Popeye showed us just how powerful spinach really was and our mammy’s have been telling us for year to ‘eat our greens’ but why is this so – are green veggies all there cracked up to be?
Well the answer is YES! Green veggies are stuffed with the good stuff – like:
Vitamin C: This is good for boosting the immune system which should mean fewer colds and flus. Vitamin C is also an antioxidant; this will help prevent cancer and heart disease. Although the iron in green veggies is difficult for our bodies to absorb it is helped by the presences of vitamin C. Watch out for cooking vegetables too much as you will lose vitamin C – steaming is better and learn to love the crunch!
Beta-carotene: Also known as vitamin A, as an antioxidant it protects your cells from the damaging effects of free radicals. It improves your immunes system and is also good for your reproductive system
Folic Acid: this is one of the B vitamins that helps prevents Neural tube defects in babies. (Although it is recommended that if you are planning to have a baby you should take a folic acid supplement 12 weeks before and for the first 12 weeks of pregnancy) It has also been linked to lowering heart disease risk and may prevent some forms of dementia such as Alzheimer’s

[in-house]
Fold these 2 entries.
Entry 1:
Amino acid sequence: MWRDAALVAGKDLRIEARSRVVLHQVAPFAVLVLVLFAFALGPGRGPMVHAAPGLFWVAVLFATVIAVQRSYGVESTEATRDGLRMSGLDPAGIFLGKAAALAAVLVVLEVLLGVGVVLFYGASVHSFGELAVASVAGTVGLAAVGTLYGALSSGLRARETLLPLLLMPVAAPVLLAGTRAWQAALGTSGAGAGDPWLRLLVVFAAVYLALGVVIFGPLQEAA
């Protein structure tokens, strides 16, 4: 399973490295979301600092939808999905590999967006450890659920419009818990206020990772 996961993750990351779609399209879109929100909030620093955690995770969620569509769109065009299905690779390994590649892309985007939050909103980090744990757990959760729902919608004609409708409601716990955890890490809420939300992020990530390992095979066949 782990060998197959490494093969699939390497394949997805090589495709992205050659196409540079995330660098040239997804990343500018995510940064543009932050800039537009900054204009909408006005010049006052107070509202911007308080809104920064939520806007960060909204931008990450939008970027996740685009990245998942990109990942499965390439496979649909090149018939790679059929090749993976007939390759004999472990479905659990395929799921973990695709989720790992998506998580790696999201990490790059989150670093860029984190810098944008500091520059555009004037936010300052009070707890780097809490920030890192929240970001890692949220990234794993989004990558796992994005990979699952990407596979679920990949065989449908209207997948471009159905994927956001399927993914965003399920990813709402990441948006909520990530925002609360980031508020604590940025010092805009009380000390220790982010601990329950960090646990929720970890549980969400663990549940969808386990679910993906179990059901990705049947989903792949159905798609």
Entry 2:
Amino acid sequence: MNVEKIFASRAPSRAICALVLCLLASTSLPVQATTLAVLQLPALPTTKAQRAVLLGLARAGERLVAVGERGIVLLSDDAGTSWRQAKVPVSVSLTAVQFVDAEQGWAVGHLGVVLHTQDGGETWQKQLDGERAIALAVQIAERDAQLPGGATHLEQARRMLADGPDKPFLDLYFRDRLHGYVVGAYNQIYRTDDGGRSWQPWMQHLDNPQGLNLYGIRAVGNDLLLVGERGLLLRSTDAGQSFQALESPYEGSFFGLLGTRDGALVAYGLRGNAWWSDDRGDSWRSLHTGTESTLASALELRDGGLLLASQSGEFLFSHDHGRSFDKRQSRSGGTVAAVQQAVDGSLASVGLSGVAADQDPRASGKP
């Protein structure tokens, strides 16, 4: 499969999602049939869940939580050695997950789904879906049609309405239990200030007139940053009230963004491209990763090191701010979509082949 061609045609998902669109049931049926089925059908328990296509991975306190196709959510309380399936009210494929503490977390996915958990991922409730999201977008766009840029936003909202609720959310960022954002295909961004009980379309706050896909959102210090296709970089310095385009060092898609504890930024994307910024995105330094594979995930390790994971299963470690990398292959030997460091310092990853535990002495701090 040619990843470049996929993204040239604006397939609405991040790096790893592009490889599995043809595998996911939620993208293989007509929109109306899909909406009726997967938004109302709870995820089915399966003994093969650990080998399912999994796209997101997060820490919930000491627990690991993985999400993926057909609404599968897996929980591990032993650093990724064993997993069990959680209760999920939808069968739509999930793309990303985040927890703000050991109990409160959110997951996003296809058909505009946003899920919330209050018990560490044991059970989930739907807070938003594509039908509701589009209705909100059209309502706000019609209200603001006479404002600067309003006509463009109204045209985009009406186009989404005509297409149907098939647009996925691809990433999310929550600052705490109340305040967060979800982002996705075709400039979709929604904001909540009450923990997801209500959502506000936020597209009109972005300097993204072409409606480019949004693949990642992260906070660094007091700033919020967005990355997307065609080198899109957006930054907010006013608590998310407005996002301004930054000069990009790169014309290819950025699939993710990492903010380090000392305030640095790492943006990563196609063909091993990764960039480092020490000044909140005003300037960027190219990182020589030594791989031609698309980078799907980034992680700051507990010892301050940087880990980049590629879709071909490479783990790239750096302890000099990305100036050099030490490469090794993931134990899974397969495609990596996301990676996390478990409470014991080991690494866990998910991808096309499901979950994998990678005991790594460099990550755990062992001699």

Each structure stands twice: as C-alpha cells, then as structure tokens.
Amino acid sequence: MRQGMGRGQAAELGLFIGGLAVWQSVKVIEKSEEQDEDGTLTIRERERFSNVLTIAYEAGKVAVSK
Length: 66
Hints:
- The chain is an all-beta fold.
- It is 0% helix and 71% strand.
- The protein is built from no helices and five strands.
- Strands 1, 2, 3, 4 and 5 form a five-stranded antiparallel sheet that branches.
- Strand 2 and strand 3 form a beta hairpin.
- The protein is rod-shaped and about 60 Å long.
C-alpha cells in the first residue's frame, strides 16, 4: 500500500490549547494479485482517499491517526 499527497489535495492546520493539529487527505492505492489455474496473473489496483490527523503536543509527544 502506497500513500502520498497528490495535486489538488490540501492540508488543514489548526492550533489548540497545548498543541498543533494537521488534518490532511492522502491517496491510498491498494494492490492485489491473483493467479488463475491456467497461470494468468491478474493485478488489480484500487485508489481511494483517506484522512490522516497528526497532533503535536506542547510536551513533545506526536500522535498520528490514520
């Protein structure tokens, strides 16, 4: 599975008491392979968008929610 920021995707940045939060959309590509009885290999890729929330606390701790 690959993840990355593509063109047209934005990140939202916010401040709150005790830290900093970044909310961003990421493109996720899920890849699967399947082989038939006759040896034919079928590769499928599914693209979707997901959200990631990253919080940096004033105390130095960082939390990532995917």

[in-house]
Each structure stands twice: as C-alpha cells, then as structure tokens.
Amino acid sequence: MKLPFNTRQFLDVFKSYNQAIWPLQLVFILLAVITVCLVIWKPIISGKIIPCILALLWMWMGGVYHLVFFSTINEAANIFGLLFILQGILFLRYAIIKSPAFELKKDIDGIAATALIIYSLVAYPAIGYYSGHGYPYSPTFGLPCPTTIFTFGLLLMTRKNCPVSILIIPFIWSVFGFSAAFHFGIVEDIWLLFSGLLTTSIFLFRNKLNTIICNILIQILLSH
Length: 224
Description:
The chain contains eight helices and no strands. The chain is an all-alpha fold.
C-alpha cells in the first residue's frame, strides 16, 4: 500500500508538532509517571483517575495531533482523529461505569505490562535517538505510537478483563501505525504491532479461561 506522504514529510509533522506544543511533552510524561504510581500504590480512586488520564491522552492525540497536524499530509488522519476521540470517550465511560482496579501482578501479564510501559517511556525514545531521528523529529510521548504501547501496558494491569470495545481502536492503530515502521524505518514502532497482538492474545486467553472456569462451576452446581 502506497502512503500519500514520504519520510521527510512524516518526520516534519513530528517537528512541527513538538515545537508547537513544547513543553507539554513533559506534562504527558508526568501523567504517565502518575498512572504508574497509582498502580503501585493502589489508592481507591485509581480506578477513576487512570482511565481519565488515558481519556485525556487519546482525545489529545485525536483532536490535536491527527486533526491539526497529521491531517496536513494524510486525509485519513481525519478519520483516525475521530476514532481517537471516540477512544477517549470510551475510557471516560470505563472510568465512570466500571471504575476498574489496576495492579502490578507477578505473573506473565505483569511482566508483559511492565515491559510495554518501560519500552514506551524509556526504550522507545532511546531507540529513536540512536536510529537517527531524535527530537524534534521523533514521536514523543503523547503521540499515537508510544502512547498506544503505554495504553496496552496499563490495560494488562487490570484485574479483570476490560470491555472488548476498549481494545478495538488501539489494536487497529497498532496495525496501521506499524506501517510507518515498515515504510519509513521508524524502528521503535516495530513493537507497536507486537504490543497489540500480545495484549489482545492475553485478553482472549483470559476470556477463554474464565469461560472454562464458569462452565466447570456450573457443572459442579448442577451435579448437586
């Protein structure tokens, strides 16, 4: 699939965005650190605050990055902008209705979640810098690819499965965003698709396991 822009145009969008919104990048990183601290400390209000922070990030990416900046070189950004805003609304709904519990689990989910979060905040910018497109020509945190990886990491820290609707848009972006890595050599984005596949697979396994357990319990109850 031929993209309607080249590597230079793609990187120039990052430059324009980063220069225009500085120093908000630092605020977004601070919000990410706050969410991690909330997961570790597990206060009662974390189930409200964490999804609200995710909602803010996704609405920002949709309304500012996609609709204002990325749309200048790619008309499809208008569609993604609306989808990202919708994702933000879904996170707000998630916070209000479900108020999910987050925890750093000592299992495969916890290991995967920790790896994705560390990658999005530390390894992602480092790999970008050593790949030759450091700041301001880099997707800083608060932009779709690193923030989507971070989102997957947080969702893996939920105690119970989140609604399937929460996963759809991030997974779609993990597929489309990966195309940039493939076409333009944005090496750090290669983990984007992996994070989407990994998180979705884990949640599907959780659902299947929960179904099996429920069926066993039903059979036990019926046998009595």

Fibre: All vegetables contain loads of soluble fibre which not only prevents constipation in the short term but also lowers our risk of bowel cancer. In some people it can reduce the symptoms of Irritable Bowel syndrome (IBS)
Carotenoids: Dark green vegetables such as Kale, Broccoli and Spinach contain carotenoids which could help prevent cataracts and blindness in older people
Like all vegetables, Greens are low in fat and calories, so it is a good idea to fill up on these vegetables if you are trying to cut down on your portion sizes. So turn your plate green on Paddy’s day – go for cabbage, Kale, Broccoli, Spinach etc
For more information or for more information on diet and nutrition, please contact:
The Community Nutrition and Dietetic Service, HSE Dublin-Mid Leinster Tel: (044) 9353220 or email firstname.lastname@example.org.
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